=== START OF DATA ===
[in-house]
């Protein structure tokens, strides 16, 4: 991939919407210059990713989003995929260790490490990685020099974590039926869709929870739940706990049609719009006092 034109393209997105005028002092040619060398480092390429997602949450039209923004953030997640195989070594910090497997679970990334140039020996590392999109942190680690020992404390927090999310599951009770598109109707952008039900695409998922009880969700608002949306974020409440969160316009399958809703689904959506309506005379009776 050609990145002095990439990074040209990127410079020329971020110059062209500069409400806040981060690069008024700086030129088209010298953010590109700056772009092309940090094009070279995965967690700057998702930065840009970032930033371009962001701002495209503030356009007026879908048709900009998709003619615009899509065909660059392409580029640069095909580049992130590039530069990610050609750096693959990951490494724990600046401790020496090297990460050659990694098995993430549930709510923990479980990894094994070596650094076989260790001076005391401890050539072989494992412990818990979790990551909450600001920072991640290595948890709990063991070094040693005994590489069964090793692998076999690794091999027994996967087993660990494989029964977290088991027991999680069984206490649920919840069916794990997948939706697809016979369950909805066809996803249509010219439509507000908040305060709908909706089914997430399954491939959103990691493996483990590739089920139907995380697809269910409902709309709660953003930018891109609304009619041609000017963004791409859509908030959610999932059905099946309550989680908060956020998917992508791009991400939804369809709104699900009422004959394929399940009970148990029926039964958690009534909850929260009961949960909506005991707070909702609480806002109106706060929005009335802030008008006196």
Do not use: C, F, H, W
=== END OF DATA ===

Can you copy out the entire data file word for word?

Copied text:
[in-house]
């Protein structure tokens, strides 16, 4: 991939919407210059990713989003995929260790490490990685020099974590039926869709929870739940706990049609719009006092 034109393209997105005028002092040619060398480092390429997602949450039209923004953030997640195989070594910090497997679970990334140039020996590392999109942190680690020992404390927090999310599951009770598109109707952008039900695409998922009880969700608002949306974020409440969160316009399958809703689904959506309506005379009776 050609990145002095990439990074040209990127410079020329971020110059062209500069409400806040981060690069008024700086030129088209010298953010590109700056772009092309940090094009070279995965967690700057998702930065840009970032930033371009962001701002495209503030356009007026879908048709900009998709003619615009899509065909660059392409580029640069095909580049992130590039530069990610050609750096693959990951490494724990600046401790020496090297990460050659990694098995993430549930709510923990479980990894094994070596650094076989260790001076005391401890050539072989494992412990818990979790990551909450600001920072991640290595948890709990063991070094040693005994590489069964090793692998076999690794091999027994996967087993660990494989029964977290088991027991999680069984206490649920919840069916794990997948939706697809016979369950909805066809996803249509010219439509507000908040305060709908909706089914997430399954491939959103990691493996483990590739089920139907995380697809269910409902709309709660953003930018891109609304009619041609000017963004791409859509908030959610999932059905099946309550989680908060956020998917992508791009991400939804369809709104699900009422004959394929399940009970148990029926039964958690009534909850929260009961949960909506005991707070909702609480806002109106706060929005009335802030008008006196």
Do not use: C, F, H, W